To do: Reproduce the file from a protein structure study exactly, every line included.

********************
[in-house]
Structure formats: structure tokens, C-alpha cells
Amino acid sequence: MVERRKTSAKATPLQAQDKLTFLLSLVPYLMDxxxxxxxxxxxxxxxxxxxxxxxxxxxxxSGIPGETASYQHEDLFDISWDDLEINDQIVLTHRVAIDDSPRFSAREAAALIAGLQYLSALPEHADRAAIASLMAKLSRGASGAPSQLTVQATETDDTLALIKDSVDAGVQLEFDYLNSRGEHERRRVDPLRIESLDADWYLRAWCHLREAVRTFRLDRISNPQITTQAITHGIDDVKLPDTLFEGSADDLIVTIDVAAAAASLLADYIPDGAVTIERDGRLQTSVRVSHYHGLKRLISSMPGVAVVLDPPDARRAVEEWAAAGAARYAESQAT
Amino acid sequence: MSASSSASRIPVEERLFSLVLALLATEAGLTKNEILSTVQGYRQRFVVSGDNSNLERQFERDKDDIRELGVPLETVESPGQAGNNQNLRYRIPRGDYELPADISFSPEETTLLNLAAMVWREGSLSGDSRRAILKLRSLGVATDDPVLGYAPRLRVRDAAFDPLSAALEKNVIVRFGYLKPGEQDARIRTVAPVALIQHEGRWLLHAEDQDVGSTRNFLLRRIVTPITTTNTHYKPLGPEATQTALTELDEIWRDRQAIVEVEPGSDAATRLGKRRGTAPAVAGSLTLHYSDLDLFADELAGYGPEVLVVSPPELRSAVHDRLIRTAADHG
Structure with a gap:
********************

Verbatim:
[in-house]
Structure formats: structure tokens, C-alpha cells
Amino acid sequence: MVERRKTSAKATPLQAQDKLTFLLSLVPYLMDxxxxxxxxxxxxxxxxxxxxxxxxxxxxxSGIPGETASYQHEDLFDISWDDLEINDQIVLTHRVAIDDSPRFSAREAAALIAGLQYLSALPEHADRAAIASLMAKLSRGASGAPSQLTVQATETDDTLALIKDSVDAGVQLEFDYLNSRGEHERRRVDPLRIESLDADWYLRAWCHLREAVRTFRLDRISNPQITTQAITHGIDDVKLPDTLFEGSADDLIVTIDVAAAAASLLADYIPDGAVTIERDGRLQTSVRVSHYHGLKRLISSMPGVAVVLDPPDARRAVEEWAAAGAARYAESQAT
Amino acid sequence: MSASSSASRIPVEERLFSLVLALLATEAGLTKNEILSTVQGYRQRFVVSGDNSNLERQFERDKDDIRELGVPLETVESPGQAGNNQNLRYRIPRGDYELPADISFSPEETTLLNLAAMVWREGSLSGDSRRAILKLRSLGVATDDPVLGYAPRLRVRDAAFDPLSAALEKNVIVRFGYLKPGEQDARIRTVAPVALIQHEGRWLLHAEDQDVGSTRNFLLRRIVTPITTTNTHYKPLGPEATQTALTELDEIWRDRQAIVEVEPGSDAATRLGKRRGTAPAVAGSLTLHYSDLDLFADELAGYGPEVLVVSPPELRSAVHDRLIRTAADHG
Structure with a gap: